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alloca attribute?

I wrote a class that switches the stack to a new area. This is for the power PC.

In the text below, I'll use main, testit, and newStack. main is the main program, testit is a function that main calls, and newStack is the method that switches the stack to the new space. main calls testit which calls s.newStack. (s is an instance of the class that switches the stack).

The purpose of separating main and testit is so I can verify that returning from testit works properly.

newStack gets the current value of r1 (the stack pointer) and copies the last two stack frames (which would be the stack frame for testit and newStack) to the top of some allocated memory. It alters r1(0) (the previous stack value for newStack) in the new memory to point to the address of testit's new stack frame. It sets r1 up to the base of this new area and returns.

With g++ and no optimization, this works. When newStack returns, it consumes its stack frame in the new memory leaving only testit's new stack frame and r1 pointing to the base of the new stack from for testit. When testit returns, it loads r1 with r1(0) and returns. This properly puts r1 back to main's stack frame.

If I put -O3, then at the return of testit, instead of loading r1 with r1(0), just adds in the size of the stack frame (and assumes that r1 has not been munged with). I presume this is faster. I know that xlc does the same thing. As a result, when we return back to main, the stack pointer is off in the weeds somewhere.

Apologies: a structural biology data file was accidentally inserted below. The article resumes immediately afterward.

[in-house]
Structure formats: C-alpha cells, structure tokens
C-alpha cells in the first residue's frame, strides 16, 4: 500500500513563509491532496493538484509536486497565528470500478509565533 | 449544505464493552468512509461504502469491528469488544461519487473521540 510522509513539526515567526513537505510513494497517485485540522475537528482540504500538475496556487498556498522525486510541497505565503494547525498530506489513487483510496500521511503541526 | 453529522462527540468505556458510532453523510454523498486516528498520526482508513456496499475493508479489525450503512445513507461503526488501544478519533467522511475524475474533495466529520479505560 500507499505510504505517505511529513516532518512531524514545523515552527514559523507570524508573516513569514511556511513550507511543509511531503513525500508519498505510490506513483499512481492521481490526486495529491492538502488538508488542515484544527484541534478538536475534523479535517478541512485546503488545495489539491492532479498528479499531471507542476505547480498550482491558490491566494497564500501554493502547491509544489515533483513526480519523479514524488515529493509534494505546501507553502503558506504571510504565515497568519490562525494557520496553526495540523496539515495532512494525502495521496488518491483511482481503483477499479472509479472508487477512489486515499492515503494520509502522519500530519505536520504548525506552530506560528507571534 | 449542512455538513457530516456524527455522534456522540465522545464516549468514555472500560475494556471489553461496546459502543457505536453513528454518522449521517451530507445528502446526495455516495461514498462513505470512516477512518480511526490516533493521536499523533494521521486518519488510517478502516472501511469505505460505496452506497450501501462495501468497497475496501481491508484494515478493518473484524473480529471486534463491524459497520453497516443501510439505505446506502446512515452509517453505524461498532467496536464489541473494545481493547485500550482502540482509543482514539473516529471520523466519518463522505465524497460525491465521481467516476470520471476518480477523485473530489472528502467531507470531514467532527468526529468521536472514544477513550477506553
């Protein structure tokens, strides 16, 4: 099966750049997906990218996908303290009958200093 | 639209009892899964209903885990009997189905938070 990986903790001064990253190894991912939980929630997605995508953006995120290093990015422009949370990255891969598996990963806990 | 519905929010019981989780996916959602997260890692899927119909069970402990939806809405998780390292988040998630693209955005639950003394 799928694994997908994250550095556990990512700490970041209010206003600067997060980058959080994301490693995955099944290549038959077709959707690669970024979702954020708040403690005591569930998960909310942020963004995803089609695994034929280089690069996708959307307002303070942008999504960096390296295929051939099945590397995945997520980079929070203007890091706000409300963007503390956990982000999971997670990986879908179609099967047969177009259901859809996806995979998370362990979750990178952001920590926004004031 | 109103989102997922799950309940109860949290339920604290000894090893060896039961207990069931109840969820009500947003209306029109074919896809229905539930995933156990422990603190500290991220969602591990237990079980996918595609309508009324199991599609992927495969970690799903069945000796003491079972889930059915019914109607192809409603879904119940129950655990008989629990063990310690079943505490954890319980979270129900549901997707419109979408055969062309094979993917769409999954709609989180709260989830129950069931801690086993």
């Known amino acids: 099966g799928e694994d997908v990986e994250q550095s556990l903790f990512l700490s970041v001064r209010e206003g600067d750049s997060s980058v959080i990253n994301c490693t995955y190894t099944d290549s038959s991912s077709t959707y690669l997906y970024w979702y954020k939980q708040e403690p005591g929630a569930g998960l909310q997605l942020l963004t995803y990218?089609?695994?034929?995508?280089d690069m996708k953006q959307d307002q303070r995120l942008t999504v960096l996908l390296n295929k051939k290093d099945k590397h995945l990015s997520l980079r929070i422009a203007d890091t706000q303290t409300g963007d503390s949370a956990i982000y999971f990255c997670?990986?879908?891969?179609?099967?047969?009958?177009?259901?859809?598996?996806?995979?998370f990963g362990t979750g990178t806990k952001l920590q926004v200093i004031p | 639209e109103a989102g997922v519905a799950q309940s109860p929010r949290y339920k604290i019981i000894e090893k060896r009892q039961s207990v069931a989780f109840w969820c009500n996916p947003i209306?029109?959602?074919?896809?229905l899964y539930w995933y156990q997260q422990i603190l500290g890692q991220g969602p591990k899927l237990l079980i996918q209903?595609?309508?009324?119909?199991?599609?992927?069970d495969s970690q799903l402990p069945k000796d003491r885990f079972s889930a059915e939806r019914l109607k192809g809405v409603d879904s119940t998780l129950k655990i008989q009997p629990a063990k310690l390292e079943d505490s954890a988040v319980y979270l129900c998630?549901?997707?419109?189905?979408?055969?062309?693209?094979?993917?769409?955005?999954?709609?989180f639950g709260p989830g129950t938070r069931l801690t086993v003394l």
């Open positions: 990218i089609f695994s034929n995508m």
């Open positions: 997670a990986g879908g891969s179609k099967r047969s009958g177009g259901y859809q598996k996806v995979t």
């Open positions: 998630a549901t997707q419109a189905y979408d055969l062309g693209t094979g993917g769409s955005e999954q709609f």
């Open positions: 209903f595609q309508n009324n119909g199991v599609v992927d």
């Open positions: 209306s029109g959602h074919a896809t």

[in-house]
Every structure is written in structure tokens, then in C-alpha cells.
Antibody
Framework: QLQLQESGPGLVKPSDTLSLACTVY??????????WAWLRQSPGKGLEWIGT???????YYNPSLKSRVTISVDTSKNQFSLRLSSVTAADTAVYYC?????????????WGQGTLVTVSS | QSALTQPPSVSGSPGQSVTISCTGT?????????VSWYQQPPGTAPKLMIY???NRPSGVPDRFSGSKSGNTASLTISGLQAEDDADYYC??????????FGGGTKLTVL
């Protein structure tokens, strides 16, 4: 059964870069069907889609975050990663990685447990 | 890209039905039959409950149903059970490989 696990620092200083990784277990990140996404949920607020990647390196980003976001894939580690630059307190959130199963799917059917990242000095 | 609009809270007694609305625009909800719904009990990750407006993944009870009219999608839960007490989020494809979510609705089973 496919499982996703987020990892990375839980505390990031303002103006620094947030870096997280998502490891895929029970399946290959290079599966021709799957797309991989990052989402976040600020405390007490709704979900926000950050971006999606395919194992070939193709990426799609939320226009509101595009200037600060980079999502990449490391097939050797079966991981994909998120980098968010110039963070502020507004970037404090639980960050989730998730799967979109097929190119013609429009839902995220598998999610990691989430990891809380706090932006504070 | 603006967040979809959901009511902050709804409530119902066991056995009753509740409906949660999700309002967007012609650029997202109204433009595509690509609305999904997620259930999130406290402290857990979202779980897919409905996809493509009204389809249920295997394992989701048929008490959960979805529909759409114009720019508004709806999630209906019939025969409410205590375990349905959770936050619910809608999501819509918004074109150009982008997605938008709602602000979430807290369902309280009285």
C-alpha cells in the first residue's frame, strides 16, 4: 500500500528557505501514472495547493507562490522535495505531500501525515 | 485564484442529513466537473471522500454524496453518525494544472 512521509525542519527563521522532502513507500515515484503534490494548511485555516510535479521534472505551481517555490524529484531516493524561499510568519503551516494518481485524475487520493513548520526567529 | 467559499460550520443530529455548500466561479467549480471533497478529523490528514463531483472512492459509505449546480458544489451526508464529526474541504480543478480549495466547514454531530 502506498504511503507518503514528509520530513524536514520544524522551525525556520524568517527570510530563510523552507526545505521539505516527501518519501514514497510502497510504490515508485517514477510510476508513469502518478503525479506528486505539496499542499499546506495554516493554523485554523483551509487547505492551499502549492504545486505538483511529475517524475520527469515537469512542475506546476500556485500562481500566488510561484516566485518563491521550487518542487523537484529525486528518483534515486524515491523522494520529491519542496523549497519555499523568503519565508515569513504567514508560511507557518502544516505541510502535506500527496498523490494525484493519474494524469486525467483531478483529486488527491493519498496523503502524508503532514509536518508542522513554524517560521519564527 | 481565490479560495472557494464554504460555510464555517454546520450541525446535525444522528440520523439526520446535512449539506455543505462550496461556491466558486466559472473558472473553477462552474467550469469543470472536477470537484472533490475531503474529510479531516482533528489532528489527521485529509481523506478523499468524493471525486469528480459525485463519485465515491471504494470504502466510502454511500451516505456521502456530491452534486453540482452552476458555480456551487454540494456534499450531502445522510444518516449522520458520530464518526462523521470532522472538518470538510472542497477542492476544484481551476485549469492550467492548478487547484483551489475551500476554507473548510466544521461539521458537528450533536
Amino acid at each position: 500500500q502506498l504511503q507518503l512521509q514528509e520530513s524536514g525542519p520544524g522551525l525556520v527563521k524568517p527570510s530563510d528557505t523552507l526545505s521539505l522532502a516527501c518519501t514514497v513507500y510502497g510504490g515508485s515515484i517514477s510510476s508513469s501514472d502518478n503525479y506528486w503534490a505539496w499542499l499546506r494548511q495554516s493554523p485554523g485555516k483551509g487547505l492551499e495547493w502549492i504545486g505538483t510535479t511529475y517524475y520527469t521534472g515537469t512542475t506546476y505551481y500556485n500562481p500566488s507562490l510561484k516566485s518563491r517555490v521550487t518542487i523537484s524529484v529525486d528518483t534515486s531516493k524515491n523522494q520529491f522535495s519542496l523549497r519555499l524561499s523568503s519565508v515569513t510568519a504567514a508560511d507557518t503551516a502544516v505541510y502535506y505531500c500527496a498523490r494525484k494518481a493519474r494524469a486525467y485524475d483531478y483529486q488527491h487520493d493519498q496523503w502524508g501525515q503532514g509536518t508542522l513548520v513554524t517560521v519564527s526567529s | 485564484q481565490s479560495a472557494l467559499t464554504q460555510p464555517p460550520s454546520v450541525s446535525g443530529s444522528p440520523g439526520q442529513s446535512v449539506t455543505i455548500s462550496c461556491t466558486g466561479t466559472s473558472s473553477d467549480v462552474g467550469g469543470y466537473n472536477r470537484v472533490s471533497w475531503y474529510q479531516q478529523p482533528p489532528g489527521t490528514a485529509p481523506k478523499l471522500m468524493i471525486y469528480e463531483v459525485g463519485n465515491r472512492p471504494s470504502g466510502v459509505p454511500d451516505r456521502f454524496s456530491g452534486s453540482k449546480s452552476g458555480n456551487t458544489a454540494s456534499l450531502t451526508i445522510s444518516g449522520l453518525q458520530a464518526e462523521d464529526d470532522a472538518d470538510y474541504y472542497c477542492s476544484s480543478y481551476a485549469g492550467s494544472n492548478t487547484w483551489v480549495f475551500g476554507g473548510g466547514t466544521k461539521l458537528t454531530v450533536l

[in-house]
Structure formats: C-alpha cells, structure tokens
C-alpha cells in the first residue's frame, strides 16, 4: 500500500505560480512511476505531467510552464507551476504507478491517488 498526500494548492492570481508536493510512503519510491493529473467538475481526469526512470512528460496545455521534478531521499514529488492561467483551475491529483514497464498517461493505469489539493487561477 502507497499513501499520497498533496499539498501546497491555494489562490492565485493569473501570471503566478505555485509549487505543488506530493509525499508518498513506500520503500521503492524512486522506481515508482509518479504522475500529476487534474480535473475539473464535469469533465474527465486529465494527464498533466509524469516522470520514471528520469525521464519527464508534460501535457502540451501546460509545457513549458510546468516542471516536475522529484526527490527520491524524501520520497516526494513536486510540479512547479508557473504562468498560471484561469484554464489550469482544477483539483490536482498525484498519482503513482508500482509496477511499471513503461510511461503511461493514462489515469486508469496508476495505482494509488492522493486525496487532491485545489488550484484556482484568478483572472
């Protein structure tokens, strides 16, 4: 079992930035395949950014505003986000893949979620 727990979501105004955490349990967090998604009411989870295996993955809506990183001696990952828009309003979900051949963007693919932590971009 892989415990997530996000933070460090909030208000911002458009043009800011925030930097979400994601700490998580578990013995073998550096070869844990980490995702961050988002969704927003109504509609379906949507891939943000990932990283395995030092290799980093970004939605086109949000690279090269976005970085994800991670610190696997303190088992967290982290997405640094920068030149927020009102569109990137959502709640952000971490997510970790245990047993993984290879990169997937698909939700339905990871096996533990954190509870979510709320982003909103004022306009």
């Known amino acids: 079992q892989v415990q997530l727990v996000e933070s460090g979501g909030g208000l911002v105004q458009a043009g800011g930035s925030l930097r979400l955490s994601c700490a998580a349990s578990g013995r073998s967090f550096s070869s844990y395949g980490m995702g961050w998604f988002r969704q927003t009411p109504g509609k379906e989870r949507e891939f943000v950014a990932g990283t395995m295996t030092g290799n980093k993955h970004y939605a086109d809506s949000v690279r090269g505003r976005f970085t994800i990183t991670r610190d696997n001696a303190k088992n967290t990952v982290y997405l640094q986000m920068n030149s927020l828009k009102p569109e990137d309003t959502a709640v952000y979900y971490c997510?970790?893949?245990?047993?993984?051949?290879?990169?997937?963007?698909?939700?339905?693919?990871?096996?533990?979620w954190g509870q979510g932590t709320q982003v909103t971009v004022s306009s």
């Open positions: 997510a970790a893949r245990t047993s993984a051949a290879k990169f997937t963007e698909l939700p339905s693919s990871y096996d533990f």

I suspected that somehow, alloca gave the compiler a clue that it could not do the add, it had to load r1 with r1(0).

So, I wrote a macro:

#define doNewStack(s) \
    do { \
        void *notUsed = alloca(1); \
        s.newStack(); \
    } while (0)

testit is changed to call doNewStack(s); where it use to call s.newStack(); (The purpose of the do while is so it is a single C statement.)

This does as I hoped. It flags the compiler and tells it that r1 has been munged. As a result, it loads r1 from r1(0) for the return of testit and does not do the add immediate.

I would like to do the same thing without using a macro: give newStack an attribute that tells the compiler that r1 has been munged. I looked and did not see any attribute that looks like it applied but I thought I would ask and see.

The other danger I am worried about is if testit is inlined. It seems like that would/could hose me up as well but, I'm not sure.

I wrote my class and put the implementation of newStack in a separate file so it can not be inlined. I suppose a completely different approach would be to move the implementation of newStack back into the class definition and give it the inline attribute so it is always inlined. Then change it to only copy one stack frame. It could do the alloca too so that the compiler would load r1 with r1(0) rather than doing the add. Hmmmm...

I'm get the feeling that I am reinventing the wheel here.

Any thoughts or help here would be great!

Thank you for your help,
Perry Smith ( )
Ease Software, Inc. ( )

Low cost SATA Disk Systems for IBMs p5, pSeries, and RS/6000 AIX systems

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